Covid Shock And The Fed
- There are all sorts of warnings and forecasts of inflation spikes coming from the collective punditry.
- The "shadow" unemployment rate estimates are much closer to COVID reality than are the traditional BLS estimates.
- Current GDP recovery is being driven by Covid lockdown forced productivity gains achieved through technological innovation instead of by adding people to the labor force.
We created the chart below to depict an "underdamped oscillatory system." Hat tip, Dr. Thomas Synnott III.
We've included a half-century of Phillips curve data for personal consumption expenditures (PCE) vs. U-3 unemployment, color-coded by the person who was Federal Reserve chair at the time. That way, you can see a year-by-year history for all Fed chairs since William McChesney Martin. We're using the PCE to describe inflation, since it is the Fed's preferred inflation measure. We're using the traditional unemployment rate (U-3) since the Fed refers to it in their forecasts.
The horizontal orange line that links year 2019 (19) to year 2020 (20) depicts the effect of the COVID shock of last year, when U-3 unemployment more than doubled from under 4% to greater than 8%. As you can see, there has been nothing in modern history like this sudden surge. The violence of the shock is greater and more abrupt than in any of the crises in the entire time period depicted.
Our point is to support what we are hearing from Fed Chair Jay Powell. This is on his watch, and the challenge for the Fed is monumental.
There are all sorts of warnings and forecasts of inflation spikes coming from the collective punditry. They may ultimately be correct, but is an immediate inflation spike on the horizon? We don't think so. A temporary rebound is not an inflation shock that triggers a permanent trajectory shift in the price level. So, for now, we view this economic recovery as coming from a "hundred-year-flood" type of shock.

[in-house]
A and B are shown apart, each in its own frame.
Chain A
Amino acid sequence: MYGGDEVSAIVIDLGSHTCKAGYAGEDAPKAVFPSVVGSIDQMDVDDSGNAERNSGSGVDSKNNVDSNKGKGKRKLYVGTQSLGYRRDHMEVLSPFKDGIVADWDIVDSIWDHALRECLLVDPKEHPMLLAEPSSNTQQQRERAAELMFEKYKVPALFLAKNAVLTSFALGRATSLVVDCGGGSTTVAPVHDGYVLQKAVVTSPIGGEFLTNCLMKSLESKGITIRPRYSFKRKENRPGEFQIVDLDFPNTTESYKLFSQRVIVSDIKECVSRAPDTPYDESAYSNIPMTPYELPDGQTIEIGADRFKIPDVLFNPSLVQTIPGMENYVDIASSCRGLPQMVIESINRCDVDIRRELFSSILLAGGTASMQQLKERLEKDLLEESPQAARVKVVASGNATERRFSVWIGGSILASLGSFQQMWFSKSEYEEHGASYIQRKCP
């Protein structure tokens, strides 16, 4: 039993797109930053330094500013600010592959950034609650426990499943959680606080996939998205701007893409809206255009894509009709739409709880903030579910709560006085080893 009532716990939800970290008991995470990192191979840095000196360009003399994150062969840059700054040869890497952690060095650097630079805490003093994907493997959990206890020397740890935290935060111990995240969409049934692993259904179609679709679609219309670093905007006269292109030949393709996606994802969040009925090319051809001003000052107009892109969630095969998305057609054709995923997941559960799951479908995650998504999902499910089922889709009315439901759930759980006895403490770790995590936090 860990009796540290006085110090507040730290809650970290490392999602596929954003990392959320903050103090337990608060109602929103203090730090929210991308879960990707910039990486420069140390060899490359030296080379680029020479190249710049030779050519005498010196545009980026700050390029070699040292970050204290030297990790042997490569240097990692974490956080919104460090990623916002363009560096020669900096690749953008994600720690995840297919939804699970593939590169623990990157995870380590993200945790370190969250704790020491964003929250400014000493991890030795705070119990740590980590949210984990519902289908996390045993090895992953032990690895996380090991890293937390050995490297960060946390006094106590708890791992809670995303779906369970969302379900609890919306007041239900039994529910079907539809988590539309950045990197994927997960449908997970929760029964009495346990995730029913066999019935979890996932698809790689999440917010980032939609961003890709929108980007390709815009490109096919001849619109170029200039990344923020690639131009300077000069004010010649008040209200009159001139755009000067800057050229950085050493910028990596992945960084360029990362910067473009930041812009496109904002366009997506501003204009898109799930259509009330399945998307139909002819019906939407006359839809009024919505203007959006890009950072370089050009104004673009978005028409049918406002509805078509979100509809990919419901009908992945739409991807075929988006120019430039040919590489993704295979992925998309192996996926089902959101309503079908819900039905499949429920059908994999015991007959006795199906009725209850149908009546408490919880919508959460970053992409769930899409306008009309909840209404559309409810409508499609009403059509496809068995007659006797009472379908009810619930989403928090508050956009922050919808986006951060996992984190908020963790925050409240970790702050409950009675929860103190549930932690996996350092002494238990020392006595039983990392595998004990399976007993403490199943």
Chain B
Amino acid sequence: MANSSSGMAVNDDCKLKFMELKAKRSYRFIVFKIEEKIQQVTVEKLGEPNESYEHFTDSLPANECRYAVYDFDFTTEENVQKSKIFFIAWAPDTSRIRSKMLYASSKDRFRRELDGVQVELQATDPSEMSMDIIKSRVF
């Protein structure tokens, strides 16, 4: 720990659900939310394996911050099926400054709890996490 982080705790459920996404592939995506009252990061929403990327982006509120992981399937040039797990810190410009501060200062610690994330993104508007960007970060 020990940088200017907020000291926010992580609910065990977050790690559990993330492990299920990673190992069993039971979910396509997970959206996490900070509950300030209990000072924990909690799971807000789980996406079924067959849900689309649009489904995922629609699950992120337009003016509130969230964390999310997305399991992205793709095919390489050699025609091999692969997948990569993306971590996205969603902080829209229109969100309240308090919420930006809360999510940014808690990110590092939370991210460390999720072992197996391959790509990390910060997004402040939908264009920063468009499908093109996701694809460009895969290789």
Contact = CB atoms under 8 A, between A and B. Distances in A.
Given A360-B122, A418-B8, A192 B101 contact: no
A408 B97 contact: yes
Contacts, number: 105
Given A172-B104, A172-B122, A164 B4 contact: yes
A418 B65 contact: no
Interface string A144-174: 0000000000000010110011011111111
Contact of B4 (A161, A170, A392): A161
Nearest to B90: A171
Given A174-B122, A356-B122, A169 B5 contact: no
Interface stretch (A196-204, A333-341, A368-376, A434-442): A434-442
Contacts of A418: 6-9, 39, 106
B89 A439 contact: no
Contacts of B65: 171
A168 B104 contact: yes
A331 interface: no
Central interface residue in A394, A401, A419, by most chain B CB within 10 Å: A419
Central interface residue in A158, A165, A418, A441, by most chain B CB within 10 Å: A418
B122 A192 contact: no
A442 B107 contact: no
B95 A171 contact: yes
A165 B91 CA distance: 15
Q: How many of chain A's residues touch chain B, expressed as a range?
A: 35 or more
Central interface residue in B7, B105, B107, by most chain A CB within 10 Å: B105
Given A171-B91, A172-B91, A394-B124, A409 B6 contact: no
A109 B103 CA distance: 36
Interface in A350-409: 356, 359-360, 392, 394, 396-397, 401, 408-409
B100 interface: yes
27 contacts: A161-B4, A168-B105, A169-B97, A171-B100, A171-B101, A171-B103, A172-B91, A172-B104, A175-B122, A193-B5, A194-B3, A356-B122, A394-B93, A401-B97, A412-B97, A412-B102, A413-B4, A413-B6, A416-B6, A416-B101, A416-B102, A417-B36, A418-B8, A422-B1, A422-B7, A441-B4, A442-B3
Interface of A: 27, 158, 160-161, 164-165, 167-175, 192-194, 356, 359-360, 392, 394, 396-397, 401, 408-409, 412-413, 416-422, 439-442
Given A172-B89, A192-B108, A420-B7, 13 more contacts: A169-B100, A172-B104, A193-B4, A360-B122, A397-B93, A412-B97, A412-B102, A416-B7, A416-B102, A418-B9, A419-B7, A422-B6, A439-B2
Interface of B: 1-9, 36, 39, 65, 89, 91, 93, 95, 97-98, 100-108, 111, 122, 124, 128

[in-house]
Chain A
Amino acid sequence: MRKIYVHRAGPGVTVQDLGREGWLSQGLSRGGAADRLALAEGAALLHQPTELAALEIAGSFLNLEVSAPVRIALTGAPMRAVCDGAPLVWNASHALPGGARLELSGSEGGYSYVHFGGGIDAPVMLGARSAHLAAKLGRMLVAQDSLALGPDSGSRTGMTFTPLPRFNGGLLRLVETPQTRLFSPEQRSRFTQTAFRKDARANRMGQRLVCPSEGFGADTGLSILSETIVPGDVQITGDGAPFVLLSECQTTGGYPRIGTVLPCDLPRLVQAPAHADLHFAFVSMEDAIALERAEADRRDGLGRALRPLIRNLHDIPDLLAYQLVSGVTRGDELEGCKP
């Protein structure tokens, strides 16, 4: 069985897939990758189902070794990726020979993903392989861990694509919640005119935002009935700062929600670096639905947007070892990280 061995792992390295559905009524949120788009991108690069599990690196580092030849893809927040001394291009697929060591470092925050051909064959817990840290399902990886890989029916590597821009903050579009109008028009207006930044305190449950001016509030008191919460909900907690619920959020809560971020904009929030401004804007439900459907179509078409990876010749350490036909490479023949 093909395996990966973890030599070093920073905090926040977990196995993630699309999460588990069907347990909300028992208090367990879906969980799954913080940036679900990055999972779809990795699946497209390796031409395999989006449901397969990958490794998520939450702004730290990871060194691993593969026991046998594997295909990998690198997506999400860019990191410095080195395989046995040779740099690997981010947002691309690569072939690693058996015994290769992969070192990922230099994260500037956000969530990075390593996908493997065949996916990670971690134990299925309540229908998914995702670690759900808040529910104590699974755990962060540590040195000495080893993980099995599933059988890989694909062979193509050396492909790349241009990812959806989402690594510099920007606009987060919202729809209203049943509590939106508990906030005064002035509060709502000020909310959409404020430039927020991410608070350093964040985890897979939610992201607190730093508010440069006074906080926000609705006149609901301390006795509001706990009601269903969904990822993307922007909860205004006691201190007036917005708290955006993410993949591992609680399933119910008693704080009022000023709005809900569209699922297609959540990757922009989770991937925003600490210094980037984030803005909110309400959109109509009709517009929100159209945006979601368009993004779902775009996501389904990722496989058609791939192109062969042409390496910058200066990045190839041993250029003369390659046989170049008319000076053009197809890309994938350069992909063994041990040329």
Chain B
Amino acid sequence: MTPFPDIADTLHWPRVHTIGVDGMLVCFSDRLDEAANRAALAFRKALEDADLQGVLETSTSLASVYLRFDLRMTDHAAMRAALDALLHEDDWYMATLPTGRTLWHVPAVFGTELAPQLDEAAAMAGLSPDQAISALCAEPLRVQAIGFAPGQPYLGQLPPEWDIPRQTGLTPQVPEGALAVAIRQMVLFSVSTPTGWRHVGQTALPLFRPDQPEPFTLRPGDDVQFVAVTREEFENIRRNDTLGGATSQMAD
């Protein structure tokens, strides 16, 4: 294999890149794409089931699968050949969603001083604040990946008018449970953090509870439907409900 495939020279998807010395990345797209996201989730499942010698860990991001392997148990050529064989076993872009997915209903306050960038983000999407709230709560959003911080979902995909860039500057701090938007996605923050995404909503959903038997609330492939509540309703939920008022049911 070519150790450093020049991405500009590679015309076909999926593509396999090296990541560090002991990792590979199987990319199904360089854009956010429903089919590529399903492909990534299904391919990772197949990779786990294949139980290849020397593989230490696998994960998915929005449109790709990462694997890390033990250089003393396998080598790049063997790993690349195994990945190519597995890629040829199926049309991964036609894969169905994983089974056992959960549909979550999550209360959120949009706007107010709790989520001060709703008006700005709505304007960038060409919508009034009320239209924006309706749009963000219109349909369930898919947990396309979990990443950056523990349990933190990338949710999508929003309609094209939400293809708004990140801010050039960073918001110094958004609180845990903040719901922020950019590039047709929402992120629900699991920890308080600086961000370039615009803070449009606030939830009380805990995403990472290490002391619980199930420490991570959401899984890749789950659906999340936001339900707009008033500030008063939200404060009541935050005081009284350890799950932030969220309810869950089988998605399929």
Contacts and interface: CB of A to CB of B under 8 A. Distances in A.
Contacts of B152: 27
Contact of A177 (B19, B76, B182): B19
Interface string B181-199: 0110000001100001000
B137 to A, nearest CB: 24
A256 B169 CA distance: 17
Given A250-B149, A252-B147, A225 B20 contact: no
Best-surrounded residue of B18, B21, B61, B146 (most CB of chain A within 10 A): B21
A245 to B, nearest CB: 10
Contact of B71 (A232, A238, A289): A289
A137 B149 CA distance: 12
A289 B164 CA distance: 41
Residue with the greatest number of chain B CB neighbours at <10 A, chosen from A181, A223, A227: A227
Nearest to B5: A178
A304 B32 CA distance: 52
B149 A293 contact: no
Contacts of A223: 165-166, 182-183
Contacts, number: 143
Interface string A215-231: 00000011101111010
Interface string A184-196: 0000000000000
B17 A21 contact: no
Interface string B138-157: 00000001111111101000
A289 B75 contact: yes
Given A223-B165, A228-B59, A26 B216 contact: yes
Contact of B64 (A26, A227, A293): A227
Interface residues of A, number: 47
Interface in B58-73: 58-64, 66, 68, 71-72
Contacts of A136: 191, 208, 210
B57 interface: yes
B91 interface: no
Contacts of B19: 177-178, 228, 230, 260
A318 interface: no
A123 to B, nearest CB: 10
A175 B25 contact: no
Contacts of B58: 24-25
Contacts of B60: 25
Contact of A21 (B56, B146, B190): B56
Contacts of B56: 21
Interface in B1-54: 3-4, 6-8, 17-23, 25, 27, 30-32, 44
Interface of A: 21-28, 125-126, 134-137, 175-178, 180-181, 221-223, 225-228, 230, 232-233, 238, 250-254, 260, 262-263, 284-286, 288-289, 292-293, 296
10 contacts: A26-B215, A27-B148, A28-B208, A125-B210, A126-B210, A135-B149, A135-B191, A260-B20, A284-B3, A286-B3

Note that the shock you see depicted does not include the imminent substantial demographic shift of nearly a million dead Americans in excess of "normal" numbers. Nor does it show the global shock from "excess" deaths in nearly every other country. It also does not show the results of a growth-penalizing Trump administration policy that limited US population growth by restricting immigration. All that will unfold in 2021 and beyond.
Nor does the chart show the now-developing healthcare shock as long haul COVID illness threatens a growing cohort of people. In America, the estimate of long haul COVID cases hovers around 10 million; it may take years for us to really know how large this cohort is. In other parts of the world, the per capita estimates may be much higher, since developing world healthcare systems are not as deep as ours. We are only just starting to see that "long hauler" statistical base evolve.
Our first conclusion is that the "shadow" unemployment rate estimates are much closer to COVID reality than are the traditional BLS estimates (see for instance). We believe U-3 may actually be in the 11%-12% range. You can see this figure supported in employment population ratios and in labor participation rates.
Our second conclusion is that the current GDP recovery is being driven by Covid lockdown forced productivity gains achieved through technological innovation instead of by adding people to the labor force, which means deflationary pressures in many places. Many of those gains are permanent shifts and not transitory. That's deflationary, not inflationary.
For other views that readers might want to consider, we recommend the following:
1. "Understanding the Size of the Government Spending Multiplier: It's in the Sign," Federal Reserve Bank of San Francisco
2. "Inflation fears and the Biden stimulus: Look to the Korean War, not Vietnam," by Joe Gagnon, Peterson Institute for International Economics. Also by Joe Gagnon, "Bond yields are not good predictors of inflation"
3. "Is Inflation Coming?" Money and Banking
The investment implications for a productivity-growth-driven low inflation and a low-interest-rate environment are significant. We remain overweight the healthcare sector (long haulers need care), the materials sector for infrastructure buildout and economic recovery, ESG, and other sectors where the longer worldwide recovery cycle ahead will deliver a post-shock world different from the one we knew pre-COVID.
This is NOT a "normal" recovery cycle, so using normal indicators may be a trap. For confirmation, just take another look at the chart at the top of this missive.
Editor's Note: The summary bullets for this article were chosen by Seeking Alpha editors.
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